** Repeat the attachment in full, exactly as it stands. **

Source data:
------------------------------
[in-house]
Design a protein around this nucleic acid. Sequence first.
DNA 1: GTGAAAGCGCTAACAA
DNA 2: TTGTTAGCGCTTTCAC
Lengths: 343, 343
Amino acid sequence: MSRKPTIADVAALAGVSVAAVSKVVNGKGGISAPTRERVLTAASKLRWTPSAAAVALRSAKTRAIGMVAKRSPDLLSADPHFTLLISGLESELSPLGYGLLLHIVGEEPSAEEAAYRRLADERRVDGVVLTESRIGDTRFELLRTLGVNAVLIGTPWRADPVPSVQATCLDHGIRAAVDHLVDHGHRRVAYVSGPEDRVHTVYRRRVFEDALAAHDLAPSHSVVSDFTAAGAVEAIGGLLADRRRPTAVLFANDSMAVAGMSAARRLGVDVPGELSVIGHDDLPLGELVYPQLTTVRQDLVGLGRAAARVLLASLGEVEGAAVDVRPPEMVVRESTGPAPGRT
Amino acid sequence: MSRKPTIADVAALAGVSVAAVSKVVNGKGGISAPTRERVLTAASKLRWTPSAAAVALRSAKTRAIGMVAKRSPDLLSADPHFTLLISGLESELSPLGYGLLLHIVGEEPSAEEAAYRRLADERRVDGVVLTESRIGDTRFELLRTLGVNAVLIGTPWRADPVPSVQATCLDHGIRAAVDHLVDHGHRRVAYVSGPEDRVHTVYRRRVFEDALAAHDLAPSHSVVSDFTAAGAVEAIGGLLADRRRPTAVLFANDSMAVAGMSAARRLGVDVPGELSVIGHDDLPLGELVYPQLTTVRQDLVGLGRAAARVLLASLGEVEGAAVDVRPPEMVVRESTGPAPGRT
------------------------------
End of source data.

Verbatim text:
[in-house]
Design a protein around this nucleic acid. Sequence first.
DNA 1: GTGAAAGCGCTAACAA
DNA 2: TTGTTAGCGCTTTCAC
Lengths: 343, 343
Amino acid sequence: MSRKPTIADVAALAGVSVAAVSKVVNGKGGISAPTRERVLTAASKLRWTPSAAAVALRSAKTRAIGMVAKRSPDLLSADPHFTLLISGLESELSPLGYGLLLHIVGEEPSAEEAAYRRLADERRVDGVVLTESRIGDTRFELLRTLGVNAVLIGTPWRADPVPSVQATCLDHGIRAAVDHLVDHGHRRVAYVSGPEDRVHTVYRRRVFEDALAAHDLAPSHSVVSDFTAAGAVEAIGGLLADRRRPTAVLFANDSMAVAGMSAARRLGVDVPGELSVIGHDDLPLGELVYPQLTTVRQDLVGLGRAAARVLLASLGEVEGAAVDVRPPEMVVRESTGPAPGRT
Amino acid sequence: MSRKPTIADVAALAGVSVAAVSKVVNGKGGISAPTRERVLTAASKLRWTPSAAAVALRSAKTRAIGMVAKRSPDLLSADPHFTLLISGLESELSPLGYGLLLHIVGEEPSAEEAAYRRLADERRVDGVVLTESRIGDTRFELLRTLGVNAVLIGTPWRADPVPSVQATCLDHGIRAAVDHLVDHGHRRVAYVSGPEDRVHTVYRRRVFEDALAAHDLAPSHSVVSDFTAAGAVEAIGGLLADRRRPTAVLFANDSMAVAGMSAARRLGVDVPGELSVIGHDDLPLGELVYPQLTTVRQDLVGLGRAAARVLLASLGEVEGAAVDVRPPEMVVRESTGPAPGRT